By: Guest Contributor
By Travis Williams, Willamette Riverkeeper
On January 6th, the U.S. EPA released its “record of decision” for the Willamette River’s Portland Harbor Superfund site, 16 years after its initial listing. The cleanup plan outlined in the decision, while not as strong as Willamette Riverkeeper had sought, is a significant improvement over what had been put forward in a draft plan in June 2016. After that draft was revealed, the Riverkeeper and its partners helped to gather over 5300 public comments, 90 percent of which supported a more robust cleanup.
The site extends nearly 11 miles downstream from downtown Portland. The entire river meanders nearly 200 miles through Oregon’s Willamette Valley, from Eugene in the south to Portland to the north.
Over the decades a significant amount of industrial and municipal pollution has contaminated the river in the harbor, and hundreds of acres of sediment containing PCBs, dioxin, PAH and DDE, and many other pollutants are found in the river-bottom and pose an ongoing risk to human and ecological health.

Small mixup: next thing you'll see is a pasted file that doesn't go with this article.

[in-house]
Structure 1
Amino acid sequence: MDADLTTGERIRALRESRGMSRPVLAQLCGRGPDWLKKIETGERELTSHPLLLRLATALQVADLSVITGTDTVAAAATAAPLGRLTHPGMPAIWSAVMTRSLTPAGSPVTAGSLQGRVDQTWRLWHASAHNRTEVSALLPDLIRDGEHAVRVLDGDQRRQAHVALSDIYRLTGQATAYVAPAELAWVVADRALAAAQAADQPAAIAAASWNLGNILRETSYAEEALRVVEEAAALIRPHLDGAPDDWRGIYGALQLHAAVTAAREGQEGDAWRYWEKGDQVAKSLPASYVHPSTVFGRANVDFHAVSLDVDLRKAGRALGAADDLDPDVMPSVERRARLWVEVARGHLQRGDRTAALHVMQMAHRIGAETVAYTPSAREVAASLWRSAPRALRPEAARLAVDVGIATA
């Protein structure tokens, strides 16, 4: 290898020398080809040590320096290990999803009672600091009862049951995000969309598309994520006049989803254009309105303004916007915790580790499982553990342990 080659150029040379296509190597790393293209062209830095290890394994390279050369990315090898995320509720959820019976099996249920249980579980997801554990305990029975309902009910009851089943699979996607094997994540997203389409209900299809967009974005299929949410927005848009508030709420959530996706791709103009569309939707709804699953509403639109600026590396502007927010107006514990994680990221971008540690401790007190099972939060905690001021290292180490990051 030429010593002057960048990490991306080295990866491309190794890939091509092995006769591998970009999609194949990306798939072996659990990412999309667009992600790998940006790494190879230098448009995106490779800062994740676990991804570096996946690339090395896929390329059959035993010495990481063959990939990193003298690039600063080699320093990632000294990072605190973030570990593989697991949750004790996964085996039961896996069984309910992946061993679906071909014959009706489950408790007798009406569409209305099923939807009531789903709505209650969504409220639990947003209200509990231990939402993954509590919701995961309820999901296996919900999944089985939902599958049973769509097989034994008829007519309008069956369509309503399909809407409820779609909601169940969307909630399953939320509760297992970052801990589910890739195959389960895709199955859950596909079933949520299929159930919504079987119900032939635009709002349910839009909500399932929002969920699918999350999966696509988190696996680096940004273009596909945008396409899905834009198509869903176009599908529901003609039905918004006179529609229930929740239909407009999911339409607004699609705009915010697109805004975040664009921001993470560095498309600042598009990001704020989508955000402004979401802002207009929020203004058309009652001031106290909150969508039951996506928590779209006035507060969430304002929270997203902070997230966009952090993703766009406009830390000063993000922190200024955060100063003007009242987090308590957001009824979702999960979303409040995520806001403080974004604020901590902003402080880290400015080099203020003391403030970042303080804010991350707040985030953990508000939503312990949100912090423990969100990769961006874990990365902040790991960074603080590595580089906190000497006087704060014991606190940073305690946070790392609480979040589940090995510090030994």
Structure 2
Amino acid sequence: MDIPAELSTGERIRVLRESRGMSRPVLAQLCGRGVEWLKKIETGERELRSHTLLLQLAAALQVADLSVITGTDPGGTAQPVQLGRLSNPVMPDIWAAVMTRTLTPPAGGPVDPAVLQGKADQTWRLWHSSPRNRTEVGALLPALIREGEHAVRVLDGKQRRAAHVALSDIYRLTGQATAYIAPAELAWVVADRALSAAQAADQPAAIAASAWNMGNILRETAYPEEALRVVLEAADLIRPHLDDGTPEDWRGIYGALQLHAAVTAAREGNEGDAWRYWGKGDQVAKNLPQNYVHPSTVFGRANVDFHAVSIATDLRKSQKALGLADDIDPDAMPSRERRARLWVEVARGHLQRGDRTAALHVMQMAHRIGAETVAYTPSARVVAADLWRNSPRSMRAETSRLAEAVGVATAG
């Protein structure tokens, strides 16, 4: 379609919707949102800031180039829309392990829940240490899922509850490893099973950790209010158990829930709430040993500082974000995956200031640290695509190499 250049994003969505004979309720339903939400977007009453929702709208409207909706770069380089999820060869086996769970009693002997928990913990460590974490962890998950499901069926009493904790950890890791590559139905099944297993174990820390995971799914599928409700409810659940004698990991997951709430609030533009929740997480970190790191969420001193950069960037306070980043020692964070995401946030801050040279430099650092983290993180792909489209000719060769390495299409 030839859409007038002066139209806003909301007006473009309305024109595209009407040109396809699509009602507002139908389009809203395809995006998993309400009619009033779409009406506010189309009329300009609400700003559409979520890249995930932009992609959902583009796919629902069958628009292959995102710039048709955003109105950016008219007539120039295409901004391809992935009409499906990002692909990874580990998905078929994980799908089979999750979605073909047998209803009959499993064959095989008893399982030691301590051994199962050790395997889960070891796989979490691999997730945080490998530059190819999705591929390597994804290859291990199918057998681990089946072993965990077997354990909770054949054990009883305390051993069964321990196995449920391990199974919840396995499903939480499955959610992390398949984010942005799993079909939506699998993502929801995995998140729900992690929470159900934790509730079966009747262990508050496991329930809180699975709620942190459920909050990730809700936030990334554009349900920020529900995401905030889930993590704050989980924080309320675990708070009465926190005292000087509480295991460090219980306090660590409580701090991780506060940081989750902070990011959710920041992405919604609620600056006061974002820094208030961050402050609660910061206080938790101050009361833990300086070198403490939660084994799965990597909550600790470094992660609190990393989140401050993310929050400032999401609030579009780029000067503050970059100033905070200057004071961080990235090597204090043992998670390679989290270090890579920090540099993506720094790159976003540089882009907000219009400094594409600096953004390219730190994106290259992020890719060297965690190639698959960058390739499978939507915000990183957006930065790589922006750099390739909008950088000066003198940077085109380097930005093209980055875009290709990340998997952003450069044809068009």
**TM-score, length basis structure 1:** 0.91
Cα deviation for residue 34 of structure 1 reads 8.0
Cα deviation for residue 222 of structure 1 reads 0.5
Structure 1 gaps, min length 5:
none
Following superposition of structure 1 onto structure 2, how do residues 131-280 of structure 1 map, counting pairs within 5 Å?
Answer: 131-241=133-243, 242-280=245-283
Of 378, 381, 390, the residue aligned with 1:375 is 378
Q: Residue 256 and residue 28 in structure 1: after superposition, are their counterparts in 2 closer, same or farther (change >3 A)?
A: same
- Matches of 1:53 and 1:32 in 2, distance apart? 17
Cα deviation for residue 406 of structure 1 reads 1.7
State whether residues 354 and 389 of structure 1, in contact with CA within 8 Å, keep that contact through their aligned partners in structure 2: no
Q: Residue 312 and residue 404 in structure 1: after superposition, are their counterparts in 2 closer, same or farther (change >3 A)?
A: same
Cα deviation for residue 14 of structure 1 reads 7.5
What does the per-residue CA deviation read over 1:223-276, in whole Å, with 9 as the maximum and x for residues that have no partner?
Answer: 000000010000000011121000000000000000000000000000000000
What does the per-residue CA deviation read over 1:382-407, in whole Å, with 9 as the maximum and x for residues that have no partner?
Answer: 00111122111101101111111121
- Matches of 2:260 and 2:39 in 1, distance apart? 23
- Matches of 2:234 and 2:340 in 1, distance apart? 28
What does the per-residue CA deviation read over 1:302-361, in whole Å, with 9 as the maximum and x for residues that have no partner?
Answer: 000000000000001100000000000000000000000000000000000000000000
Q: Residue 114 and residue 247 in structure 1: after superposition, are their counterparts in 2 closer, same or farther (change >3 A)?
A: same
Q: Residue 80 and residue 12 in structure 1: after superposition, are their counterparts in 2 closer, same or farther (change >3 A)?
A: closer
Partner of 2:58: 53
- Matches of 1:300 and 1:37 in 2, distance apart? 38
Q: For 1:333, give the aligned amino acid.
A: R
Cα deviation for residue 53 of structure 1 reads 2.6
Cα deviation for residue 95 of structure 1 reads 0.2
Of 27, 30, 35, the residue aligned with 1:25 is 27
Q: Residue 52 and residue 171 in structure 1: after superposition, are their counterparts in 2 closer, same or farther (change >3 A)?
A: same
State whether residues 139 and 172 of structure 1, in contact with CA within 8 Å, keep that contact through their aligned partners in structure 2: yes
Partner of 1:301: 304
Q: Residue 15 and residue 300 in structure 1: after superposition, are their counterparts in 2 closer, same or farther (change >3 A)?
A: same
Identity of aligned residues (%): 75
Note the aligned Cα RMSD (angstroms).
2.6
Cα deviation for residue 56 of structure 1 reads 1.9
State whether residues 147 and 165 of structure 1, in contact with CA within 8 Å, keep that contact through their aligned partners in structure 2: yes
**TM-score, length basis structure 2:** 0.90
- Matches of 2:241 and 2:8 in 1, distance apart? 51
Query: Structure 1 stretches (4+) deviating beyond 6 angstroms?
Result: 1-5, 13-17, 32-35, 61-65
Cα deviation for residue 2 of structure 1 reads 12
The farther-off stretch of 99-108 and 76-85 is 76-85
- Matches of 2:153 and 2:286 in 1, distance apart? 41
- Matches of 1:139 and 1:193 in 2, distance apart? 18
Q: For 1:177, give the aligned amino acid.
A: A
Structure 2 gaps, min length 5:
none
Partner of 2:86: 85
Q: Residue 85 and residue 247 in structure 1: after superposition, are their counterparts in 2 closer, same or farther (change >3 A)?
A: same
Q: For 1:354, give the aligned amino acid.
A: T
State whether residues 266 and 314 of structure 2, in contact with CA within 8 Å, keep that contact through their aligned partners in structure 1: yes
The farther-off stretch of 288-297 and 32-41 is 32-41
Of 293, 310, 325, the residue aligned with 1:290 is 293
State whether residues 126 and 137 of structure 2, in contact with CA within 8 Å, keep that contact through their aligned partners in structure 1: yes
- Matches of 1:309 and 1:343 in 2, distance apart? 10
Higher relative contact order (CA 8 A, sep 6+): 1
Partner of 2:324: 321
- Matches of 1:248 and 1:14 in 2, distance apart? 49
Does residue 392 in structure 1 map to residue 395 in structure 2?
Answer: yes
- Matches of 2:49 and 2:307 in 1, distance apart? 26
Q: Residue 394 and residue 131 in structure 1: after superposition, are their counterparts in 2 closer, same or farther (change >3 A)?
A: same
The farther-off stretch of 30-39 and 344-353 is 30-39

Willamette Riverkeeper has worked on this site since 2000, and, with its partners, has pushed for a plan that calls for significant dredging and engineered capping. It has also sought to limit the process of monitored “natural recovery,” by which the river’s natural sediments would cover up contaminated sediment. The City of Portland and the State of Oregon were early proponents of a cleanup plan.
The EPA has listened to the community, and is requiring more removal of pollution, engineered caps and more openness during the remediation. More than three million cubic yards of sediment will be removed, and over 123,000 linear feet of contaminated riverbank excavated. The Riverkeeper will press for the implementation of this plan over the next 10 years, but it will be a complicated process because more than 150 parties hold some measure of liability for the cleanup, and their financial liabilities and responsibilities for particular actions must be determined.
During the next year, much will be decided regarding priorities for the cleanup. And, at Willamette Riverkeeper’s urging, the State of Oregon and U.S. EPA have established the Willamette Toxics Reduction Taskforce, which will work to identify sources of contamination that are far upstream.